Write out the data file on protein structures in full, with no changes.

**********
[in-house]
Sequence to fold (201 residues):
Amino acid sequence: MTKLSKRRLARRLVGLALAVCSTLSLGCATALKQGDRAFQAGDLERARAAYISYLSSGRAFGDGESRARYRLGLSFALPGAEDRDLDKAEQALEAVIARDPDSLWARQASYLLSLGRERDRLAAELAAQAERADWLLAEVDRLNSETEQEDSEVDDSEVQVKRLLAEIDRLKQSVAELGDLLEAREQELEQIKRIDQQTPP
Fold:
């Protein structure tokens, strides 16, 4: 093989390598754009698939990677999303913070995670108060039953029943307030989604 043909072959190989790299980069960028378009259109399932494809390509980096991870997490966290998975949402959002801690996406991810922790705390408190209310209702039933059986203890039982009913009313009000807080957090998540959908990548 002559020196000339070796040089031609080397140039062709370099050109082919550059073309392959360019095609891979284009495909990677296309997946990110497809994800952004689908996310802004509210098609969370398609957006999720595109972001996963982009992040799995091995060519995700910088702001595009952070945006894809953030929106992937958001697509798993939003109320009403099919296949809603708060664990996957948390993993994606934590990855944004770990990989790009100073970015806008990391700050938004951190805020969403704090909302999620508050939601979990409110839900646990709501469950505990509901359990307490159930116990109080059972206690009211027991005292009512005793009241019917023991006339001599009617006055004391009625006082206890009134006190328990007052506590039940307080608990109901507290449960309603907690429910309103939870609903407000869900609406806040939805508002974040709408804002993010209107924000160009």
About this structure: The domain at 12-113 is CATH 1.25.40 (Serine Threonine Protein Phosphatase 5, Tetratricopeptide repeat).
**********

[in-house]
Sequence to fold (201 residues):
Amino acid sequence: MTKLSKRRLARRLVGLALAVCSTLSLGCATALKQGDRAFQAGDLERARAAYISYLSSGRAFGDGESRARYRLGLSFALPGAEDRDLDKAEQALEAVIARDPDSLWARQASYLLSLGRERDRLAAELAAQAERADWLLAEVDRLNSETEQEDSEVDDSEVQVKRLLAEIDRLKQSVAELGDLLEAREQELEQIKRIDQQTPP
Fold:
């Protein structure tokens, strides 16, 4: 093989390598754009698939990677999303913070995670108060039953029943307030989604 043909072959190989790299980069960028378009259109399932494809390509980096991870997490966290998975949402959002801690996406991810922790705390408190209310209702039933059986203890039982009913009313009000807080957090998540959908990548 002559020196000339070796040089031609080397140039062709370099050109082919550059073309392959360019095609891979284009495909990677296309997946990110497809994800952004689908996310802004509210098609969370398609957006999720595109972001996963982009992040799995091995060519995700910088702001595009952070945006894809953030929106992937958001697509798993939003109320009403099919296949809603708060664990996957948390993993994606934590990855944004770990990989790009100073970015806008990391700050938004951190805020969403704090909302999620508050939601979990409110839900646990709501469950505990509901359990307490159930116990109080059972206690009211027991005292009512005793009241019917023991006339001599009617006055004391009625006082206890009134006190328990007052506590039940307080608990109901507290449960309603907690429910309103939870609903407000869900609406806040939805508002974040709408804002993010209107924000160009």
About this structure: The domain at 12-113 is CATH 1.25.40 (Serine Threonine Protein Phosphatase 5, Tetratricopeptide repeat).